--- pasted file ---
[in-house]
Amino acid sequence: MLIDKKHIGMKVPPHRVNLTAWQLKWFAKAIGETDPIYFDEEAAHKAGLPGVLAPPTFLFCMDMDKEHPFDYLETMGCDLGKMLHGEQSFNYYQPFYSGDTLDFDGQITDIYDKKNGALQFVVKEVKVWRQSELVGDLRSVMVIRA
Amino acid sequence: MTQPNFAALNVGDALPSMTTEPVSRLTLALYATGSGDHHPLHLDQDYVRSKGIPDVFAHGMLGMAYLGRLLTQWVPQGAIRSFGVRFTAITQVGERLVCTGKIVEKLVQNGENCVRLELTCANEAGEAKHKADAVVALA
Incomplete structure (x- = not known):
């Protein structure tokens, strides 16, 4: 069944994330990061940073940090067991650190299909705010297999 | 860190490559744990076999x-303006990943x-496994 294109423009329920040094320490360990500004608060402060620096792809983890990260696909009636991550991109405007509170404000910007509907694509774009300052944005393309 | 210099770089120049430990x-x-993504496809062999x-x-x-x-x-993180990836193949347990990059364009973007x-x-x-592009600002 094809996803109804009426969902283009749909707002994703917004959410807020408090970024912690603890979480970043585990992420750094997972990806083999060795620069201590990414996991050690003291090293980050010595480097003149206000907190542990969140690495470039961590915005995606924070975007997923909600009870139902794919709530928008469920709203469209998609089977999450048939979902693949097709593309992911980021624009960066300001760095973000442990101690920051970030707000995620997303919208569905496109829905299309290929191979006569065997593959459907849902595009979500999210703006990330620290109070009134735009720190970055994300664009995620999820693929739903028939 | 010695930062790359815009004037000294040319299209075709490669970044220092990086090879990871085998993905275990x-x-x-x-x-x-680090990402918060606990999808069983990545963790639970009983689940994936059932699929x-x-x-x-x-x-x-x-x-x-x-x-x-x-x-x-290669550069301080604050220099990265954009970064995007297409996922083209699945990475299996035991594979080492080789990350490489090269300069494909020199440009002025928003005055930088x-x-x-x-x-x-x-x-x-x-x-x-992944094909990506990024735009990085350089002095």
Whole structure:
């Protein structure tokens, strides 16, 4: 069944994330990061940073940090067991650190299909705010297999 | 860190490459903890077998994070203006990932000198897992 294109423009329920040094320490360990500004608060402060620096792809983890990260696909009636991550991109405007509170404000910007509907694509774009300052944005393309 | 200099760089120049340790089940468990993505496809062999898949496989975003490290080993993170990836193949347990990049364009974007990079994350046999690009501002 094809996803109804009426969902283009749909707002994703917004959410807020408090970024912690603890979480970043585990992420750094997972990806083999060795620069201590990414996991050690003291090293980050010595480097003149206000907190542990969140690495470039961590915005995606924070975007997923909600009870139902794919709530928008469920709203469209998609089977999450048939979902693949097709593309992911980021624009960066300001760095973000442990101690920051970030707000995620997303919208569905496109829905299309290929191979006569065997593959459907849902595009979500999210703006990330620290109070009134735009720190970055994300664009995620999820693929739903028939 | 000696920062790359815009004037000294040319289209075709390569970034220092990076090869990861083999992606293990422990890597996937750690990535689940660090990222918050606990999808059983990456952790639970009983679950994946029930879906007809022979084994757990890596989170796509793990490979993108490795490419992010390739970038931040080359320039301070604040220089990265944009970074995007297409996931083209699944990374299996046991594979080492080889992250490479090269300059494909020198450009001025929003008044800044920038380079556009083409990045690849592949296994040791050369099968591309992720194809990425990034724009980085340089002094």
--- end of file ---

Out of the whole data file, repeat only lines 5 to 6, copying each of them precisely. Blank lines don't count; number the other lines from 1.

């Protein structure tokens, strides 16, 4: 069944994330990061940073940090067991650190299909705010297999 | 860190490559744990076999x-303006990943x-496994 294109423009329920040094320490360990500004608060402060620096792809983890990260696909009636991550991109405007509170404000910007509907694509774009300052944005393309 | 210099770089120049430990x-x-993504496809062999x-x-x-x-x-993180990836193949347990990059364009973007x-x-x-592009600002 094809996803109804009426969902283009749909707002994703917004959410807020408090970024912690603890979480970043585990992420750094997972990806083999060795620069201590990414996991050690003291090293980050010595480097003149206000907190542990969140690495470039961590915005995606924070975007997923909600009870139902794919709530928008469920709203469209998609089977999450048939979902693949097709593309992911980021624009960066300001760095973000442990101690920051970030707000995620997303919208569905496109829905299309290929191979006569065997593959459907849902595009979500999210703006990330620290109070009134735009720190970055994300664009995620999820693929739903028939 | 010695930062790359815009004037000294040319299209075709490669970044220092990086090879990871085998993905275990x-x-x-x-x-x-680090990402918060606990999808069983990545963790639970009983689940994936059932699929x-x-x-x-x-x-x-x-x-x-x-x-x-x-x-x-290669550069301080604050220099990265954009970064995007297409996922083209699945990475299996035991594979080492080789990350490489090269300069494909020199440009002025928003005055930088x-x-x-x-x-x-x-x-x-x-x-x-992944094909990506990024735009990085350089002095």
Whole structure: